So now it’s official: the Friars Club of New York did score that legal victory over the Friars of Beverly Hills I reported way back on September 7th. (See my previous, Bicoastal Friars Club War Ends: NY Wins?) The court order was officially signed last week instructing the Friars of Beverly Hills to stop using the Friars’s name. Of course, it took the flacks at Rubenstein 17 days to get back to me on this. Here’s the PR:
THE FRIARS CLUB WINS WITH SUMMARY JUDGMENT AGAINST THE FRIARS OF BEVERLY HILLS: Attorneys from Pryor Cashman Prove the Friars of Beverly Hills Violated Trademark Law in Using the Friars’ Name
Los Angeles, CA – Attorneys for The Friars Club at Pryor Cashman have officially obtained a summary judgment against the Friars of Beverly Hills in a Lanham Act and Anti-Dilution lawsuit, which they filed in the U.S. District Court of the Central District of California. The Friars Club, renowned for its legendary Friars “Roasts” and whose members have included entertainment luminaries such as George Burns, Jerry Lewis, Bob Hope, Frank Sinatra and Elizabeth Taylor, claimed that the defendants infringed and diluted The Friars Club’s trademark by operating “Friars of Beverly Hills” and by falsely claiming that it was the successor to the Friars Club of California, a now-defunct former licensee of The Friars Club.
In its decision, the Court found that the name “Friars” was not transferable from the Friars Club of California to the defendants. Furthermore, it found that the evidence clearly demonstrated actual confusion on the part of the consuming public and blurring between the two organizations, and that The Friars Club had acquired “secondary meaning.” The Court concluded that the defendants “may not evade trademark law by adopting” the Friars Club name and then “adding a geographic reference to try and distinguish its name.” Relying on the fact that the defendants admitted that the name “Friars” is a “luxury brand,” that “everybody knows the Friars in the Country,” and that the “Friars” name is “a legacy” and “historic”, the court also concluded that the Defendants “intended to capitalize on the ‘Friars’ name by emulating it in every aspect.”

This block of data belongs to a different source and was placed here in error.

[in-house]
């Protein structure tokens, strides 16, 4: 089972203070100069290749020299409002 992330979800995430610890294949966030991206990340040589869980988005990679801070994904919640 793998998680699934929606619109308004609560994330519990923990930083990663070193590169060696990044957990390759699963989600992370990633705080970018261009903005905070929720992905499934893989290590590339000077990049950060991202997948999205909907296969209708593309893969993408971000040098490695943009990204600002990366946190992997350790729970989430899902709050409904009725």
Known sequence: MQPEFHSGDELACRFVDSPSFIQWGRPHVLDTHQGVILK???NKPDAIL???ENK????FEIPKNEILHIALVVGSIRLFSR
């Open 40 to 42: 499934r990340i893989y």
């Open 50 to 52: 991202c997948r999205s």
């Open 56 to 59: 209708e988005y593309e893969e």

“In short,” the Court ruled, “Defendants are using a mark (used by The Friars Club for over a hundred years) to identify a social club that is for all intents and purposes modeled after Plaintiff’s historic club.” Such “free riding on the investment of The Friars Club must now come to an end.”
“It’s good that we are now able to put this all behind us and get back to business as usual at the Friars,” said Freddie Roman, the Dean of the Friars Club. “We had a good run on the West Coast for many years but now we move on. The Friars name is legally secure and we can continue to carry out the traditions our entertainment founders set forth over a hundred years ago.”
Editor-in-Chief Nikki Finke - tip her here.